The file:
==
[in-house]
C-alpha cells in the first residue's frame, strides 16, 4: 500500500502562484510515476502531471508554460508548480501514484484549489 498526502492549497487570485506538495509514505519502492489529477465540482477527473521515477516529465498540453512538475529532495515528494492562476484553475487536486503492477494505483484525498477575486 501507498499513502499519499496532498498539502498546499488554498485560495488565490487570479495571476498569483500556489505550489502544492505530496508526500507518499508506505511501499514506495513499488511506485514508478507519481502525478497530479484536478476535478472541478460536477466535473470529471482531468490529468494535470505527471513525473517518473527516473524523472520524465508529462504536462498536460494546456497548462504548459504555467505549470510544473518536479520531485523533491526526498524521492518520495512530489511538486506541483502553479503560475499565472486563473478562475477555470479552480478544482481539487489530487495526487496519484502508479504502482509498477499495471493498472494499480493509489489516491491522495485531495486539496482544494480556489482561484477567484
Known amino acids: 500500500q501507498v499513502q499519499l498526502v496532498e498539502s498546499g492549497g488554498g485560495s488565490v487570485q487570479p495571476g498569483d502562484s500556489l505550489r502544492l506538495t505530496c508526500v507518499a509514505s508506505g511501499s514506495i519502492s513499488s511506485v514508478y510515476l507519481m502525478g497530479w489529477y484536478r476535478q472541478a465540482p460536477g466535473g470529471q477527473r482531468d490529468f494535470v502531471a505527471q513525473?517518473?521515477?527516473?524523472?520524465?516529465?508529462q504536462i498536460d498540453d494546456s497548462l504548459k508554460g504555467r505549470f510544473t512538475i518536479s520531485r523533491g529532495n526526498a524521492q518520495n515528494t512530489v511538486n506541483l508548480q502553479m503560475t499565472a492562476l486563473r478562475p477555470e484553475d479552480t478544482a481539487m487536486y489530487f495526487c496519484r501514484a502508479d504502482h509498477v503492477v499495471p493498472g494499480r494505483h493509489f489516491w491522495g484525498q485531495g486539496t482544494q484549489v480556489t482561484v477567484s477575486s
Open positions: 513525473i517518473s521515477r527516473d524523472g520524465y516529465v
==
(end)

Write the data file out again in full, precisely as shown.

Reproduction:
[in-house]
C-alpha cells in the first residue's frame, strides 16, 4: 500500500502562484510515476502531471508554460508548480501514484484549489 498526502492549497487570485506538495509514505519502492489529477465540482477527473521515477516529465498540453512538475529532495515528494492562476484553475487536486503492477494505483484525498477575486 501507498499513502499519499496532498498539502498546499488554498485560495488565490487570479495571476498569483500556489505550489502544492505530496508526500507518499508506505511501499514506495513499488511506485514508478507519481502525478497530479484536478476535478472541478460536477466535473470529471482531468490529468494535470505527471513525473517518473527516473524523472520524465508529462504536462498536460494546456497548462504548459504555467505549470510544473518536479520531485523533491526526498524521492518520495512530489511538486506541483502553479503560475499565472486563473478562475477555470479552480478544482481539487489530487495526487496519484502508479504502482509498477499495471493498472494499480493509489489516491491522495485531495486539496482544494480556489482561484477567484
Known amino acids: 500500500q501507498v499513502q499519499l498526502v496532498e498539502s498546499g492549497g488554498g485560495s488565490v487570485q487570479p495571476g498569483d502562484s500556489l505550489r502544492l506538495t505530496c508526500v507518499a509514505s508506505g511501499s514506495i519502492s513499488s511506485v514508478y510515476l507519481m502525478g497530479w489529477y484536478r476535478q472541478a465540482p460536477g466535473g470529471q477527473r482531468d490529468f494535470v502531471a505527471q513525473?517518473?521515477?527516473?524523472?520524465?516529465?508529462q504536462i498536460d498540453d494546456s497548462l504548459k508554460g504555467r505549470f510544473t512538475i518536479s520531485r523533491g529532495n526526498a524521492q518520495n515528494t512530489v511538486n506541483l508548480q502553479m503560475t499565472a492562476l486563473r478562475p477555470e484553475d479552480t478544482a481539487m487536486y489530487f495526487c496519484r501514484a502508479d504502482h509498477v503492477v499495471p493498472g494499480r494505483h493509489f489516491w491522495g484525498q485531495g486539496t482544494q484549489v480556489t482561484v477567484s477575486s
Open positions: 513525473i517518473s521515477r527516473d524523472g520524465y516529465v